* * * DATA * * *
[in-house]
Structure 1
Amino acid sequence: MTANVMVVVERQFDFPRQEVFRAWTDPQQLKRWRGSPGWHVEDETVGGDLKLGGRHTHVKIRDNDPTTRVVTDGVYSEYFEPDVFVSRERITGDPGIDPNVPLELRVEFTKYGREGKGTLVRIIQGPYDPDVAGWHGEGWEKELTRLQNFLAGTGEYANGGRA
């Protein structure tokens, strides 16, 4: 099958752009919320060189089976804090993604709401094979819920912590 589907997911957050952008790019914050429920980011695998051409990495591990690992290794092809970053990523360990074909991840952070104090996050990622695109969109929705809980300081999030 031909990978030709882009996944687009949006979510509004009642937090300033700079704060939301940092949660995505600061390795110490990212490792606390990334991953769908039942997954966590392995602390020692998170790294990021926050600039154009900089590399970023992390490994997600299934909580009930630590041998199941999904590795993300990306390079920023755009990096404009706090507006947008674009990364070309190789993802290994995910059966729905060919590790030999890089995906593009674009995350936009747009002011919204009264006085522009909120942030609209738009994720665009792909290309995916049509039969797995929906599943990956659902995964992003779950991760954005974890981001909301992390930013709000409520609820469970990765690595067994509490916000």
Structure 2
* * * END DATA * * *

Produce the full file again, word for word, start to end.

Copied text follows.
[in-house]
Structure 1
Amino acid sequence: MTANVMVVVERQFDFPRQEVFRAWTDPQQLKRWRGSPGWHVEDETVGGDLKLGGRHTHVKIRDNDPTTRVVTDGVYSEYFEPDVFVSRERITGDPGIDPNVPLELRVEFTKYGREGKGTLVRIIQGPYDPDVAGWHGEGWEKELTRLQNFLAGTGEYANGGRA
């Protein structure tokens, strides 16, 4: 099958752009919320060189089976804090993604709401094979819920912590 589907997911957050952008790019914050429920980011695998051409990495591990690992290794092809970053990523360990074909991840952070104090996050990622695109969109929705809980300081999030 031909990978030709882009996944687009949006979510509004009642937090300033700079704060939301940092949660995505600061390795110490990212490792606390990334991953769908039942997954966590392995602390020692998170790294990021926050600039154009900089590399970023992390490994997600299934909580009930630590041998199941999904590795993300990306390079920023755009990096404009706090507006947008674009990364070309190789993802290994995910059966729905060919590790030999890089995906593009674009995350936009747009002011919204009264006085522009909120942030609209738009994720665009792909290309995916049509039969797995929906599943990956659902995964992003779950991760954005974890981001909301992390930013709000409520609820469970990765690595067994509490916000």
Structure 2